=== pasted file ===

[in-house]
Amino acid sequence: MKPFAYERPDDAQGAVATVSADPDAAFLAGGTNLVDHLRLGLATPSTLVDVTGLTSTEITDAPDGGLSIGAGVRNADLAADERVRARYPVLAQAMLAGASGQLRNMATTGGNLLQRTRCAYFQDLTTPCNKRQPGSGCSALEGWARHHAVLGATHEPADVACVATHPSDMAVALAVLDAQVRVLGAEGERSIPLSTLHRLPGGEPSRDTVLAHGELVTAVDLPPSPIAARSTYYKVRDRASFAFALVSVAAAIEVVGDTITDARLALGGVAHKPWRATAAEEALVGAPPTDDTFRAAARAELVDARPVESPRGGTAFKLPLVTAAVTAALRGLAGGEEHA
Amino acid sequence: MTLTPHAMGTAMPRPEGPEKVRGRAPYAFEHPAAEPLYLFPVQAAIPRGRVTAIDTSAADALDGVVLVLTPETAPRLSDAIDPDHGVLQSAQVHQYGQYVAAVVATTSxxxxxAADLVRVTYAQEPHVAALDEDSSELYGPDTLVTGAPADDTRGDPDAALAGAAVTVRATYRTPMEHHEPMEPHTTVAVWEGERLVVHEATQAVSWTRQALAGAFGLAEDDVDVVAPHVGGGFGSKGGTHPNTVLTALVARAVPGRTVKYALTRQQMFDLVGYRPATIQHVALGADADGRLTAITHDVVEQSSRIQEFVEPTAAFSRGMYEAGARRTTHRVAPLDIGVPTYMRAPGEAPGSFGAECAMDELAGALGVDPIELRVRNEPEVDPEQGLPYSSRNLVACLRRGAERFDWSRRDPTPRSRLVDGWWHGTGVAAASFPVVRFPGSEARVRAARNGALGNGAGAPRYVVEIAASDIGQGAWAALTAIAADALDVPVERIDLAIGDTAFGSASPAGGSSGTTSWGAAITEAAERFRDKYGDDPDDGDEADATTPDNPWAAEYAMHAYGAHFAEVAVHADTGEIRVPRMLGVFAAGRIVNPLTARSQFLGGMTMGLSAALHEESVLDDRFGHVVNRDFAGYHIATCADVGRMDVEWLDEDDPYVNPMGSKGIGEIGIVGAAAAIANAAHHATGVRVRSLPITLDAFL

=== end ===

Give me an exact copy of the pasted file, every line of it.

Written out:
[in-house]
Amino acid sequence: MKPFAYERPDDAQGAVATVSADPDAAFLAGGTNLVDHLRLGLATPSTLVDVTGLTSTEITDAPDGGLSIGAGVRNADLAADERVRARYPVLAQAMLAGASGQLRNMATTGGNLLQRTRCAYFQDLTTPCNKRQPGSGCSALEGWARHHAVLGATHEPADVACVATHPSDMAVALAVLDAQVRVLGAEGERSIPLSTLHRLPGGEPSRDTVLAHGELVTAVDLPPSPIAARSTYYKVRDRASFAFALVSVAAAIEVVGDTITDARLALGGVAHKPWRATAAEEALVGAPPTDDTFRAAARAELVDARPVESPRGGTAFKLPLVTAAVTAALRGLAGGEEHA
Amino acid sequence: MTLTPHAMGTAMPRPEGPEKVRGRAPYAFEHPAAEPLYLFPVQAAIPRGRVTAIDTSAADALDGVVLVLTPETAPRLSDAIDPDHGVLQSAQVHQYGQYVAAVVATTSxxxxxAADLVRVTYAQEPHVAALDEDSSELYGPDTLVTGAPADDTRGDPDAALAGAAVTVRATYRTPMEHHEPMEPHTTVAVWEGERLVVHEATQAVSWTRQALAGAFGLAEDDVDVVAPHVGGGFGSKGGTHPNTVLTALVARAVPGRTVKYALTRQQMFDLVGYRPATIQHVALGADADGRLTAITHDVVEQSSRIQEFVEPTAAFSRGMYEAGARRTTHRVAPLDIGVPTYMRAPGEAPGSFGAECAMDELAGALGVDPIELRVRNEPEVDPEQGLPYSSRNLVACLRRGAERFDWSRRDPTPRSRLVDGWWHGTGVAAASFPVVRFPGSEARVRAARNGALGNGAGAPRYVVEIAASDIGQGAWAALTAIAADALDVPVERIDLAIGDTAFGSASPAGGSSGTTSWGAAITEAAERFRDKYGDDPDDGDEADATTPDNPWAAEYAMHAYGAHFAEVAVHADTGEIRVPRMLGVFAAGRIVNPLTARSQFLGGMTMGLSAALHEESVLDDRFGHVVNRDFAGYHIATCADVGRMDVEWLDEDDPYVNPMGSKGIGEIGIVGAAAAIANAAHHATGVRVRSLPITLDAFL